• Studying art. Having said that, let me be clear: art has enriched my life in a thousand ways. *Still, it was not – for me – a good fiscal decision.
  • Moving to Beaver Island. Away from Lapeer, where I’d spent my whole life so far; away from family and friends who loved and supported me. I moved to an only vaguely familiar, remote place, where I had to make friends, find work, get my daughters into school and other activities, and create a brand new way of living. *My idea of what life would be like on Beaver Island was based on things like the essays of E.B.White from his farm in Maine, the “Little House” books by Laura Ingalls Wilder, and ten years of family vacations there. In many ways, it has been wonderful. Still, it’s much lonelier than I ever imagined it would be.
  • Becoming a waitress. Who would have thought that taking a menial labor job in a small bar and restaurant on Beaver Island would count as a good choice? Not me! It turns out, though, that it was one of my best. I learned that I was really good at waiting tables: I was more coordinated than I ever imagined, able to make any “special” sound delicious, balance trays, juggle many tasks at once, add long columns of numbers quickly and correctly, manage large groups of not-always-agreeable people and – most importantly – do it all with a smile, and without panicking. I made some of the best friends of my life. I collected many of my favorite stories. *The sad truth is, no matter how willing, waiting table is a job that one does, eventually, age out of.
  • Having children. I wonder, if we could see ahead to the pain of childbirth…the sleepless nights…the worry, if any of us would ever have children. Then, terrible twos, sibling rivalry, the angst of the teen-years. The inevitable sadness, disappointment and pain that comes from loving someone – with a mind of their own – with all your heart. If I had known…I might have missed out on one of my life’s biggest joys: having children. Despite the wisdom hindsight has to offer, having my daughters was one of the happiest choices of my life.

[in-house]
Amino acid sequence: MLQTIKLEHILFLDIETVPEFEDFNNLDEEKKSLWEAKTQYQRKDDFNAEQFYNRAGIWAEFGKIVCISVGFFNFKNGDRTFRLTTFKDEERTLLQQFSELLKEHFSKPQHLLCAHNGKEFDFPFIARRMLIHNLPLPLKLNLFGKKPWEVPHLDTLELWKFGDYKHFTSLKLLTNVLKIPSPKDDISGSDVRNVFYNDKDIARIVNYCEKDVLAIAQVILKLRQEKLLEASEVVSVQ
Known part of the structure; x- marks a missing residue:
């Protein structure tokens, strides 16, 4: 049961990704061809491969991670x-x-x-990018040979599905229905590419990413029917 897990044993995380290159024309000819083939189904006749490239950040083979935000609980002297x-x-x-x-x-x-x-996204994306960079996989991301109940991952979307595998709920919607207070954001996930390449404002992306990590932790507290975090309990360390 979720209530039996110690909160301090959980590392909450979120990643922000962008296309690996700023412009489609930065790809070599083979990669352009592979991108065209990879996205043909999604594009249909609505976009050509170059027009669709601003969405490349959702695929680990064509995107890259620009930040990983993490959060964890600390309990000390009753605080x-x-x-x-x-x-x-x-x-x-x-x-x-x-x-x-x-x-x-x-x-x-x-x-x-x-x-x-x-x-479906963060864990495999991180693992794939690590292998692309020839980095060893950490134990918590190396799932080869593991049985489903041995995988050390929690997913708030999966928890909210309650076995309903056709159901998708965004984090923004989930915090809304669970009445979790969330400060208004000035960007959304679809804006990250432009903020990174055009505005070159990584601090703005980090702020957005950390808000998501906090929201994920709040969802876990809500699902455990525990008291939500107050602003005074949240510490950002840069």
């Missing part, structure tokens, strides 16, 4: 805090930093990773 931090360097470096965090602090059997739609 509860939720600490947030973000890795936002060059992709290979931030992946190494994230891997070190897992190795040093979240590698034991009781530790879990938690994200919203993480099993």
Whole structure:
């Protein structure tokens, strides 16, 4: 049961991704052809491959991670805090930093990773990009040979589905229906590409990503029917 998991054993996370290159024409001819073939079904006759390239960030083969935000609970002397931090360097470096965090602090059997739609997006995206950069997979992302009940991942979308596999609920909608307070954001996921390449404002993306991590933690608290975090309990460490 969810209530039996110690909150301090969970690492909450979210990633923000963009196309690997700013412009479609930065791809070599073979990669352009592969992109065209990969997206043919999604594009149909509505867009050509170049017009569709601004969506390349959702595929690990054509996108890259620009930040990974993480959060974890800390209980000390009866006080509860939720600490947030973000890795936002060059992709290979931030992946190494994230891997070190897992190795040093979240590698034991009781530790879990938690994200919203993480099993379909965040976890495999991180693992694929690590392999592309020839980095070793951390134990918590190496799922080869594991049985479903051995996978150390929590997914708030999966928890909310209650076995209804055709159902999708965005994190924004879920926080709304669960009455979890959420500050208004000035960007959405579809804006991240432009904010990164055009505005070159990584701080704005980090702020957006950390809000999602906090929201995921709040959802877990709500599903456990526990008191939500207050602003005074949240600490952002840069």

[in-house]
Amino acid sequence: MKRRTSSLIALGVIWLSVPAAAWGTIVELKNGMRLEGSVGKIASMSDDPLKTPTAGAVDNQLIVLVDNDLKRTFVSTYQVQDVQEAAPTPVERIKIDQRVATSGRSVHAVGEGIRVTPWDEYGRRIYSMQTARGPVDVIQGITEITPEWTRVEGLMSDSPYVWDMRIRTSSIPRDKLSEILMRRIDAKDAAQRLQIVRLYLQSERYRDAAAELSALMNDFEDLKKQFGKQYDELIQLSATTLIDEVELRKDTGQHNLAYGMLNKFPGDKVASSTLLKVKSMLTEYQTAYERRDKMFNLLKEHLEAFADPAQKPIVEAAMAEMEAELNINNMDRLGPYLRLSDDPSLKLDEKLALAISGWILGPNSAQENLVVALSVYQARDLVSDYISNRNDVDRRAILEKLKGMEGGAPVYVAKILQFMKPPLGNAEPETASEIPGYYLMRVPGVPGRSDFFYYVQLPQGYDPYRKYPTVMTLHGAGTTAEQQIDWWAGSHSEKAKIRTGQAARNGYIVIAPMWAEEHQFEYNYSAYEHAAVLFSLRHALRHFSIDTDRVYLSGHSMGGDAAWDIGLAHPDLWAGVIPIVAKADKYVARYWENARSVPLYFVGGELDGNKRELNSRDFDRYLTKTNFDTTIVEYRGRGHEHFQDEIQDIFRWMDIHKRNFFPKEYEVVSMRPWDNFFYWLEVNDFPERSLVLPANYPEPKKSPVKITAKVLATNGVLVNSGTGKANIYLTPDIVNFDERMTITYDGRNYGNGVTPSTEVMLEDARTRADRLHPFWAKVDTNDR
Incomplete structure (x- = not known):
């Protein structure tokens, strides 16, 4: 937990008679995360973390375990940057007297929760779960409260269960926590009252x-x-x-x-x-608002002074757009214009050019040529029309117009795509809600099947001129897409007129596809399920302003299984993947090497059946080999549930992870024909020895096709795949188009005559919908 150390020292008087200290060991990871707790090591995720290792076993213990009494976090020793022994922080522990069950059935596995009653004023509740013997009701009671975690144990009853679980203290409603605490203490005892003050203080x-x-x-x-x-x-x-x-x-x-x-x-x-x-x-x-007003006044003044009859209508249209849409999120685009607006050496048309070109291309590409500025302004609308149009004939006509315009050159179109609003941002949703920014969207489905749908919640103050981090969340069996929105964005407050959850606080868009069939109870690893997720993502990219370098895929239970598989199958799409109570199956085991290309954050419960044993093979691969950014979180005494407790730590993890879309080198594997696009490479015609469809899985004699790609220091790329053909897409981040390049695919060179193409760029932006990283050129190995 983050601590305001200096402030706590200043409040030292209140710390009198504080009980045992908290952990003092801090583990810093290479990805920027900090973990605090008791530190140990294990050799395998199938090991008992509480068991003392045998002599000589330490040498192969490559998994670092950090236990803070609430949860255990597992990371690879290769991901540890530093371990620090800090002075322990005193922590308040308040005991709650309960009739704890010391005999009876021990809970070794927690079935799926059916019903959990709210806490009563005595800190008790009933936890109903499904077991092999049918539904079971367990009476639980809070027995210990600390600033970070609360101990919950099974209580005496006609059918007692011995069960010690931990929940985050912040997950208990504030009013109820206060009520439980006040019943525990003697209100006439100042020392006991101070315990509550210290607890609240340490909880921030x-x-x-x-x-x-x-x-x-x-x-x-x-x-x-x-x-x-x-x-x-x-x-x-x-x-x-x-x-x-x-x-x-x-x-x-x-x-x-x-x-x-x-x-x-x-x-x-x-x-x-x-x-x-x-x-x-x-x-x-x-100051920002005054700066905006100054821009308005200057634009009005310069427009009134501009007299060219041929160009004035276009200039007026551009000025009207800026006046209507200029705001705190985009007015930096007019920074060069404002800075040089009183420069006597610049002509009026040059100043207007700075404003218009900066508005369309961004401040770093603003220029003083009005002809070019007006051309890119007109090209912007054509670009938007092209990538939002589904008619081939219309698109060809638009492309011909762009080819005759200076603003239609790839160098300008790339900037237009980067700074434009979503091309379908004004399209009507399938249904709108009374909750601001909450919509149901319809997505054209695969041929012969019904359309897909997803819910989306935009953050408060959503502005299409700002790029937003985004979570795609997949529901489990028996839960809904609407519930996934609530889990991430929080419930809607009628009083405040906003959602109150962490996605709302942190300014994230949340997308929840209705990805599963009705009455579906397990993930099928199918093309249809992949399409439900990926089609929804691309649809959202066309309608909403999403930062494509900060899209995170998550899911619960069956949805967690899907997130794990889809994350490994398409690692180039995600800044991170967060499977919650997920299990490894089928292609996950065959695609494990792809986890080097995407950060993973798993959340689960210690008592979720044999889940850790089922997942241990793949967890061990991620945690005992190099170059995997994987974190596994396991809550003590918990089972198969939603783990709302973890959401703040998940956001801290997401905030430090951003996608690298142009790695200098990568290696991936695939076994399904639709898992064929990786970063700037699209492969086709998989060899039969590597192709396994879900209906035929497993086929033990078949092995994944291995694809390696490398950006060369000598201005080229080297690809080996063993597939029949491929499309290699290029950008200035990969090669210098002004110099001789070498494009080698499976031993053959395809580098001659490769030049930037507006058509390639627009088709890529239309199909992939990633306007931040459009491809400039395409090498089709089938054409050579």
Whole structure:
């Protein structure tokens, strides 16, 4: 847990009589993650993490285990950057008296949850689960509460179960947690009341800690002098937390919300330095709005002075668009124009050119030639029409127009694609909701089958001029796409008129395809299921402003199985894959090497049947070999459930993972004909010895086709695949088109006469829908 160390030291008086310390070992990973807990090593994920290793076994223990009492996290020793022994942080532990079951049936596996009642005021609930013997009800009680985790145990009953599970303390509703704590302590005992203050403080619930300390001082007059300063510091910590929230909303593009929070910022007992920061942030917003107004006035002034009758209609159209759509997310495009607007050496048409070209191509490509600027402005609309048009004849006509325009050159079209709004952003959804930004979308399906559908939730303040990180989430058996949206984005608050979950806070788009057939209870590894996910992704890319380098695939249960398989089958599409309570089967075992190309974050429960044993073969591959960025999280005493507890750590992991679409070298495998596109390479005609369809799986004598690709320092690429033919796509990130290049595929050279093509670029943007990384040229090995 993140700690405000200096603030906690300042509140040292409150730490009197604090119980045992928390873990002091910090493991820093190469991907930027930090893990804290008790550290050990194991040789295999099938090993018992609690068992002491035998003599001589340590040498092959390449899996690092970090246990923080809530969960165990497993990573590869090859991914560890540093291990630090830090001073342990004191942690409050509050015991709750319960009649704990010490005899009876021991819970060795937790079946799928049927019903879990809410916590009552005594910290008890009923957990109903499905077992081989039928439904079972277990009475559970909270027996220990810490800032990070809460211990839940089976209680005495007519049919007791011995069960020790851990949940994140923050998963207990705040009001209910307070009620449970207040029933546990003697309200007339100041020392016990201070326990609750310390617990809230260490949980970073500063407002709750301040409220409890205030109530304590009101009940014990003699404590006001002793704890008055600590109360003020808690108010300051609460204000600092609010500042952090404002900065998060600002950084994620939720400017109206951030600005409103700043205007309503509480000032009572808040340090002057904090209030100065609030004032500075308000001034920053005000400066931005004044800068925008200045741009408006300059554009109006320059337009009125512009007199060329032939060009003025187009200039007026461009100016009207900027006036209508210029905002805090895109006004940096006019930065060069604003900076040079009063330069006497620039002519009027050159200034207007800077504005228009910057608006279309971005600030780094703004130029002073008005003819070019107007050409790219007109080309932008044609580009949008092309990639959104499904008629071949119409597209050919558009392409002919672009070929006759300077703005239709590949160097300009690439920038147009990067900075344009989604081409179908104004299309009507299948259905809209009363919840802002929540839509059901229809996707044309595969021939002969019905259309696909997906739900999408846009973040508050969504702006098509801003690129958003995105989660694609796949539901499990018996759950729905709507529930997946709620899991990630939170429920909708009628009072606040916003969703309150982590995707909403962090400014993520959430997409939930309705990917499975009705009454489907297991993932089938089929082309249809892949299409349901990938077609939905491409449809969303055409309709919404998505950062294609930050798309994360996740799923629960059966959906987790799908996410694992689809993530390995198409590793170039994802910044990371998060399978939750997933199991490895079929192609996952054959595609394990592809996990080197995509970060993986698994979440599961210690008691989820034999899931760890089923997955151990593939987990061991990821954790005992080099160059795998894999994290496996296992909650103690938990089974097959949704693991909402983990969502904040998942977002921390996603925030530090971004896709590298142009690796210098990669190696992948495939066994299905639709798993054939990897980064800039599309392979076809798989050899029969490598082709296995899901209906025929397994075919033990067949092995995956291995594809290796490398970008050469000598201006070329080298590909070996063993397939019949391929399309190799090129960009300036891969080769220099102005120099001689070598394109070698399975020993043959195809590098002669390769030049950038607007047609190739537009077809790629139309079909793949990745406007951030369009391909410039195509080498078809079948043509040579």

The 52 Lists (for Happiness)Project #3



List the things that you are really good at:

  • Cooking. Nothing very fancy, but always good.
  • Baking. Sweets, mostly, but I also have several good bread recipes that I use regularly.
  • Writing.
  • Letter-writing. People say a letter from me makes them feel like I am sitting right there talking to them. My mother encouraged her children to write letters to our grandparents in Chicago. I really took to it. I enjoyed telling the news, and was always happy to be rewarded with a letter in response. My best friend and I always wrote to each other through summer vacation. We were quite dramatic in our recitations, and went through thousands of exclamation points in each letter. I had pen pals throughout my life. When I first moved to Beaver Island, Mom reminded me that I wrote a good letter, and told me to be sure to keep in touch. I did, updating family and friends of our adventures here, and of how my daughters were growing. I wrote my daughters whenever they were away from me, through their childhood. I’ve gotten lax in recent years, with letters giving way to phone calls, Email and instant messaging. I still have a list of letters to write, in answer to cards and gifts I received at Christmas. I always appreciate receiving letters, so should be better about sending them.
  • Growing things. Again, nothing fancy. My house plants are not exotic, but simple green plants that usually make the lists of “easiest houseplants.” Still, other than sometimes having to droop a little to remind me to water them, they thrive. Outside, again I choose hardy specimens that suit my sandy soil, and – with very little special attention – they make me proud.